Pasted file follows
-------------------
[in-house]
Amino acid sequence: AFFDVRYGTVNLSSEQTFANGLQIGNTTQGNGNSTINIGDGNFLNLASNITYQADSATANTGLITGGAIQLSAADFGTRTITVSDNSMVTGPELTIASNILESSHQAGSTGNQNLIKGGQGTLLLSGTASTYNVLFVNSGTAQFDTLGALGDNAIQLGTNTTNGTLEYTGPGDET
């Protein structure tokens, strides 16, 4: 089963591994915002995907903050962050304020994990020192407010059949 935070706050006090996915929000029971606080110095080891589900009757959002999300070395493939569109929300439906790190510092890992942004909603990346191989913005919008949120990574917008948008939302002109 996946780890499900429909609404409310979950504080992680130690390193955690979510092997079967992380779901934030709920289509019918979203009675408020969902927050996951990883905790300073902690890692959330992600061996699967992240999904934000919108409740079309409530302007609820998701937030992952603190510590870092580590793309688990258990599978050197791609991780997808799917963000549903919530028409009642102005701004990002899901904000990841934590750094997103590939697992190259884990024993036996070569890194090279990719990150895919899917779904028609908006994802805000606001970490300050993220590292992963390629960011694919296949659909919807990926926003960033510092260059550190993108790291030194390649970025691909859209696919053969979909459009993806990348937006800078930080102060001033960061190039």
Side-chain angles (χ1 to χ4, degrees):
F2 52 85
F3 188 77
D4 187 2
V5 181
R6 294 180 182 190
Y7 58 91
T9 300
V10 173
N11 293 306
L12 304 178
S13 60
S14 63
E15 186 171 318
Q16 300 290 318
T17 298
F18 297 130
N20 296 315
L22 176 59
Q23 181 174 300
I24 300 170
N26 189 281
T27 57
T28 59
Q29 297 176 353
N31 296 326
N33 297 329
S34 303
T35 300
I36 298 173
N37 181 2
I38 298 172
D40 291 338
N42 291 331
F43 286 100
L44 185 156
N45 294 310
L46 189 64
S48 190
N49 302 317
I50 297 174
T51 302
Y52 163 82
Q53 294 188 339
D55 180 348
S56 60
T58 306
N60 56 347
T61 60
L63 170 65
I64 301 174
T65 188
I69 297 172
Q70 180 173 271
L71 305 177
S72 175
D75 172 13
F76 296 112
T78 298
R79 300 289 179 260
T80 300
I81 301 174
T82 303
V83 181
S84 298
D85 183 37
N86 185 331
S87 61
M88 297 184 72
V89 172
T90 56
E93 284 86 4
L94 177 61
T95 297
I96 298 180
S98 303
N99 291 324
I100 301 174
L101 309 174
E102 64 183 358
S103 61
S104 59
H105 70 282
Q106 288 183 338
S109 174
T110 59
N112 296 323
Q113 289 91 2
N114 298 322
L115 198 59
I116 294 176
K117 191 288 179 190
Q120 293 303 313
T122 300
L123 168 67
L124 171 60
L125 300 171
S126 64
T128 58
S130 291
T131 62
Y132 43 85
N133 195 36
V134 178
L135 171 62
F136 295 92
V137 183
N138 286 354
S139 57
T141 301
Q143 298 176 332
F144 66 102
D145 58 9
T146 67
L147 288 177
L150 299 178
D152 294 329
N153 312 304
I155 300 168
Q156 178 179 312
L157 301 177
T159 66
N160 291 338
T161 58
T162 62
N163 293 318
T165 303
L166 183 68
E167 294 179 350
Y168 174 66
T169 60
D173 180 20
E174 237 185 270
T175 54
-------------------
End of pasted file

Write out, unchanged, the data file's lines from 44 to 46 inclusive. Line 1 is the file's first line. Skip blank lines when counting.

I50 297 174
T51 302
Y52 163 82